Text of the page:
Desi: March 2008 Archives

tantrik.jpg

It depresses me that there exists a strong South Asian folk belief in black magic. I’ve had family members tell me about the reputed power of “tantriks,” even suggesting that my health problems may be linked to long-distance black magic caused by hostile tantriks.

Indian rationalist/humanist movements working to combat superstitious or irrational belief systems have been growing over the past several years (e.g. the Indian Rationalist Association, Science and Rationalists’ Association of India, Indian Skeptic, as well as the umbrella Federation of Indian Rationalist Associations).

I enjoyed reading about Indian skeptic Sanal Edamaruku taking on a tantrik on live TV. The challenge? “Pandit” Surinder Sharma, a high-profile tantrik, was asked to magically “destroy” Sanal on TV. Sharma apparently believed in his own powers; he made a fool of himself on TV, chanting mantras, engaging in complicated “magic” practices, utterly failing to harm his intended victim. The distressed pandit complained that the atheist Sanal must be secretly worshipping a powerful god, and suggesting that he could try using stronger magic at night. The TV station dutifully fulfilled his wishes by offering a nighttime rematch, where he failed again.

Read the whole story about the great Tantra challenge…

(via Sepia Mutiny News)

I’m reading the Sarai Reader 05 which contains a fascinating paper on the legal status of the Ahmadiyya religious community in Pakistan, and how that may have been impacted by notions of intellectual property law.

The Ahmadiyyas are a small Muslim sect who believe that a man named Mirza Ghulam Ahmad was the Islamic messiah; most Muslims reject Ahmad, so the relationship of the Ahmadiyyas to mainstream Muslims is similar to that of Mormons and mainstream Protestant Christians. Pakistani Anti-Ahmadiyya legislation prevents them from using Muslim titles, building mosques, citing the Koran, etc. (I first learned of the community through my friend Naeem’s film Muslims or Heretics, which deals with anti-Ahmadi sentiment in Pakistan and Bangladesh.)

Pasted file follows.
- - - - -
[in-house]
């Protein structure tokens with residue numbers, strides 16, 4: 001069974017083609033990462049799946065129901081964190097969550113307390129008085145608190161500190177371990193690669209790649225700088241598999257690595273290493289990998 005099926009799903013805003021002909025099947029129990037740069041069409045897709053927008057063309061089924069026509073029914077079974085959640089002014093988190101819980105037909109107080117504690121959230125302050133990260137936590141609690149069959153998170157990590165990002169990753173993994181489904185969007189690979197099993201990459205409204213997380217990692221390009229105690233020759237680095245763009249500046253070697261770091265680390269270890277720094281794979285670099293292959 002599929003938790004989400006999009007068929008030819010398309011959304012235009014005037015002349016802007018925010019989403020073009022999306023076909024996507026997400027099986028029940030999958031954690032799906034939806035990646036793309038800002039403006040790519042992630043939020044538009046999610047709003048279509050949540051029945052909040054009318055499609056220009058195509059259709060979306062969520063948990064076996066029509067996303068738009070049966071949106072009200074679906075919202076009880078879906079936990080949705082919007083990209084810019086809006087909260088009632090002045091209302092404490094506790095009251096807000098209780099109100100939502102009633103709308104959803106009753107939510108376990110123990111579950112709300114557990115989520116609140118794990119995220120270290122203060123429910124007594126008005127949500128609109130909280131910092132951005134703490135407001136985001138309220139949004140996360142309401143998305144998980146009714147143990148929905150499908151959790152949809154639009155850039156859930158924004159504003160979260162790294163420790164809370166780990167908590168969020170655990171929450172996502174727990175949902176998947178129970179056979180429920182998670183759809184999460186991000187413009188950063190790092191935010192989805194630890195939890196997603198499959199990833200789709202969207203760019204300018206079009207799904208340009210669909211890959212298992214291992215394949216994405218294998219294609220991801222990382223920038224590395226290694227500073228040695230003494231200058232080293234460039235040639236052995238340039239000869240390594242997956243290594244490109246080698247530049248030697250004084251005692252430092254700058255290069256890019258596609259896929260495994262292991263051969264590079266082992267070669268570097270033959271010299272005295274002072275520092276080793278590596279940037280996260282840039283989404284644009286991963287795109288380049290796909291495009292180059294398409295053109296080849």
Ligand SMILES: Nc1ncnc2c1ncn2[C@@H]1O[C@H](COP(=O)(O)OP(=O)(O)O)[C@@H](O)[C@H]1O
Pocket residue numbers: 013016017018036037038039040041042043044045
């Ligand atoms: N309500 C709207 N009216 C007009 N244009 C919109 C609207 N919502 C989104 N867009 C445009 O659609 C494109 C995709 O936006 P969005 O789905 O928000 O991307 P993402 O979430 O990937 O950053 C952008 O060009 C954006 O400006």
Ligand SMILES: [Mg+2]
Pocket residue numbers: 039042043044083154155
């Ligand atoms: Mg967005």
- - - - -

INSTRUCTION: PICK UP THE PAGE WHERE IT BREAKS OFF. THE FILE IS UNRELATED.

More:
In her paper “Trespasses of the State: Ministering to Theological Dilemmas through the Copyright/Trademark” (PDF), Johns Hopkins anthropology professor Naveeda Khan shows how courts evaluating anti-Ahmadi legislation in Pakistan were influenced by notions of copyright and trademark, as they debated how best to protect mainline Islam from what they interpreted as brand piracy:

“It may appear that in calling for a legal structure analogous to copyright or trademark laws for the protection of shia’ir-e-Allah, the Supreme Court is simply actualising a potential for the use of the copyright/trademark against Ahmadis long simmering in earlier judgments. However, this Court does something slightly but significantly different. In harnessing the language of copyright/trademark to the Ahmadi question, the Court is making much more apparent that the intent of these transgressions, that is, the unlicenced use of titles, texts, modes and spaces of worship, is that of wilful deception…Neither Muslims nor the Islamic state is affectively constituted and legally armed to provide the necessary aura of protection around such objects, such that non-Muslims may recoil from using them. The judgment, in effect, calls for a feedback loop similar to copyright/trademark law, for only then will Muslims, in general, and the Islamic state, in particular, treat shia’ir-e-Allah in the appropriate manner so as to make unthinkable its improper appropriation and use.”

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Anirvan Chatterjee is a San Francisco Bay Area tech geek and bibliophile.

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This page is a archive of entries in the Desi category from March 2008.

Desi: April 2008 is the next archive.

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